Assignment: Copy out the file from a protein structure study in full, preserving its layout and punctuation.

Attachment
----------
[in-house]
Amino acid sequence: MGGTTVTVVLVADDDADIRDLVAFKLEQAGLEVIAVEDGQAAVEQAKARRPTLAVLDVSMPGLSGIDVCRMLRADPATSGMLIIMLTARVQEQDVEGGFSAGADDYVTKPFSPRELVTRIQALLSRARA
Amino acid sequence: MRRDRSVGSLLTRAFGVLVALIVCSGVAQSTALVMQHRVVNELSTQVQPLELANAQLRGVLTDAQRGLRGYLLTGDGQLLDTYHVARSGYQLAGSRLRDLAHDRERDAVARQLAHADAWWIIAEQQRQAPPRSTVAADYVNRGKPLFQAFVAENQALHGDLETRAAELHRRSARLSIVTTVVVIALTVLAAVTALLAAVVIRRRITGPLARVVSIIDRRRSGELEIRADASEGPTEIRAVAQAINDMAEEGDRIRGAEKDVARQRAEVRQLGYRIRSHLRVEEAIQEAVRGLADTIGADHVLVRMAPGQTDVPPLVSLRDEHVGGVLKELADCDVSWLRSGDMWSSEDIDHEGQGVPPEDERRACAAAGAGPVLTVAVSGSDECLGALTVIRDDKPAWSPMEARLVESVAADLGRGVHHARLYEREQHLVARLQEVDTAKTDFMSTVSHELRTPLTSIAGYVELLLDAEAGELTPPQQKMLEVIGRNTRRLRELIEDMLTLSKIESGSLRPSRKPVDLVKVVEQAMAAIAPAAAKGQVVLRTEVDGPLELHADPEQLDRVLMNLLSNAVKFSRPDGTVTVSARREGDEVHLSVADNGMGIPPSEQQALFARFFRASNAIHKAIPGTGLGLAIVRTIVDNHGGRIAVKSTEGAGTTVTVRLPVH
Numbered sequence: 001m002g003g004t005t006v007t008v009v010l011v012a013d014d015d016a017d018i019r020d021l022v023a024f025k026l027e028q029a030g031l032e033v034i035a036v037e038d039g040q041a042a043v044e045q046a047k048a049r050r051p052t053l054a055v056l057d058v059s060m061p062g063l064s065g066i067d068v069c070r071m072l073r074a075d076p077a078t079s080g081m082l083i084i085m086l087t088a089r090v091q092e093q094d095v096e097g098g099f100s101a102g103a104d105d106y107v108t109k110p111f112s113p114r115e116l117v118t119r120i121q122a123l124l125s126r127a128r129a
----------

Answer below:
[in-house]
Amino acid sequence: MGGTTVTVVLVADDDADIRDLVAFKLEQAGLEVIAVEDGQAAVEQAKARRPTLAVLDVSMPGLSGIDVCRMLRADPATSGMLIIMLTARVQEQDVEGGFSAGADDYVTKPFSPRELVTRIQALLSRARA
Amino acid sequence: MRRDRSVGSLLTRAFGVLVALIVCSGVAQSTALVMQHRVVNELSTQVQPLELANAQLRGVLTDAQRGLRGYLLTGDGQLLDTYHVARSGYQLAGSRLRDLAHDRERDAVARQLAHADAWWIIAEQQRQAPPRSTVAADYVNRGKPLFQAFVAENQALHGDLETRAAELHRRSARLSIVTTVVVIALTVLAAVTALLAAVVIRRRITGPLARVVSIIDRRRSGELEIRADASEGPTEIRAVAQAINDMAEEGDRIRGAEKDVARQRAEVRQLGYRIRSHLRVEEAIQEAVRGLADTIGADHVLVRMAPGQTDVPPLVSLRDEHVGGVLKELADCDVSWLRSGDMWSSEDIDHEGQGVPPEDERRACAAAGAGPVLTVAVSGSDECLGALTVIRDDKPAWSPMEARLVESVAADLGRGVHHARLYEREQHLVARLQEVDTAKTDFMSTVSHELRTPLTSIAGYVELLLDAEAGELTPPQQKMLEVIGRNTRRLRELIEDMLTLSKIESGSLRPSRKPVDLVKVVEQAMAAIAPAAAKGQVVLRTEVDGPLELHADPEQLDRVLMNLLSNAVKFSRPDGTVTVSARREGDEVHLSVADNGMGIPPSEQQALFARFFRASNAIHKAIPGTGLGLAIVRTIVDNHGGRIAVKSTEGAGTTVTVRLPVH
Numbered sequence: 001m002g003g004t005t006v007t008v009v010l011v012a013d014d015d016a017d018i019r020d021l022v023a024f025k026l027e028q029a030g031l032e033v034i035a036v037e038d039g040q041a042a043v044e045q046a047k048a049r050r051p052t053l054a055v056l057d058v059s060m061p062g063l064s065g066i067d068v069c070r071m072l073r074a075d076p077a078t079s080g081m082l083i084i085m086l087t088a089r090v091q092e093q094d095v096e097g098g099f100s101a102g103a104d105d106y107v108t109k110p111f112s113p114r115e116l117v118t119r120i121q122a123l124l125s126r127a128r129a